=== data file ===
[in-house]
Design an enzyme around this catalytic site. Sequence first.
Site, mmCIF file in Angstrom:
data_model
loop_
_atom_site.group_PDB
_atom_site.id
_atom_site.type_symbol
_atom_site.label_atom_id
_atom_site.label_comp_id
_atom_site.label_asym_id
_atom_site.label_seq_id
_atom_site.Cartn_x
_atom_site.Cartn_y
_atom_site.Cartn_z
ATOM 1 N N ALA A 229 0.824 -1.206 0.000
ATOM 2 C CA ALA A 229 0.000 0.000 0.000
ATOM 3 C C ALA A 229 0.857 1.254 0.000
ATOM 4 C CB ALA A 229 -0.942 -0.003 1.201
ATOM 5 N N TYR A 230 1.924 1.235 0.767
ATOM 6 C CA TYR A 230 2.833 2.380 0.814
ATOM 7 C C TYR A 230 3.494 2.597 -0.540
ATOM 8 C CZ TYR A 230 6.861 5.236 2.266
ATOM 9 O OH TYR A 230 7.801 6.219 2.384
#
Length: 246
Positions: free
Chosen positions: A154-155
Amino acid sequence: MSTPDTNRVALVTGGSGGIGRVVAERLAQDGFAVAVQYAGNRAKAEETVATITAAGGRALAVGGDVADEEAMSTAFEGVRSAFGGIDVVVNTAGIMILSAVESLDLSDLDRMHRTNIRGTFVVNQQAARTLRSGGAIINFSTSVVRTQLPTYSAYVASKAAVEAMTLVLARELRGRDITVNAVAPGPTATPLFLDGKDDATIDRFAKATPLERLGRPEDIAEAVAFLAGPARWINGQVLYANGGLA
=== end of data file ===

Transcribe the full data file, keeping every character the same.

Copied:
[in-house]
Design an enzyme around this catalytic site. Sequence first.
Site, mmCIF file in Angstrom:
data_model
loop_
_atom_site.group_PDB
_atom_site.id
_atom_site.type_symbol
_atom_site.label_atom_id
_atom_site.label_comp_id
_atom_site.label_asym_id
_atom_site.label_seq_id
_atom_site.Cartn_x
_atom_site.Cartn_y
_atom_site.Cartn_z
ATOM 1 N N ALA A 229 0.824 -1.206 0.000
ATOM 2 C CA ALA A 229 0.000 0.000 0.000
ATOM 3 C C ALA A 229 0.857 1.254 0.000
ATOM 4 C CB ALA A 229 -0.942 -0.003 1.201
ATOM 5 N N TYR A 230 1.924 1.235 0.767
ATOM 6 C CA TYR A 230 2.833 2.380 0.814
ATOM 7 C C TYR A 230 3.494 2.597 -0.540
ATOM 8 C CZ TYR A 230 6.861 5.236 2.266
ATOM 9 O OH TYR A 230 7.801 6.219 2.384
#
Length: 246
Positions: free
Chosen positions: A154-155
Amino acid sequence: MSTPDTNRVALVTGGSGGIGRVVAERLAQDGFAVAVQYAGNRAKAEETVATITAAGGRALAVGGDVADEEAMSTAFEGVRSAFGGIDVVVNTAGIMILSAVESLDLSDLDRMHRTNIRGTFVVNQQAARTLRSGGAIINFSTSVVRTQLPTYSAYVASKAAVEAMTLVLARELRGRDITVNAVAPGPTATPLFLDGKDDATIDRFAKATPLERLGRPEDIAEAVAFLAGPARWINGQVLYANGGLA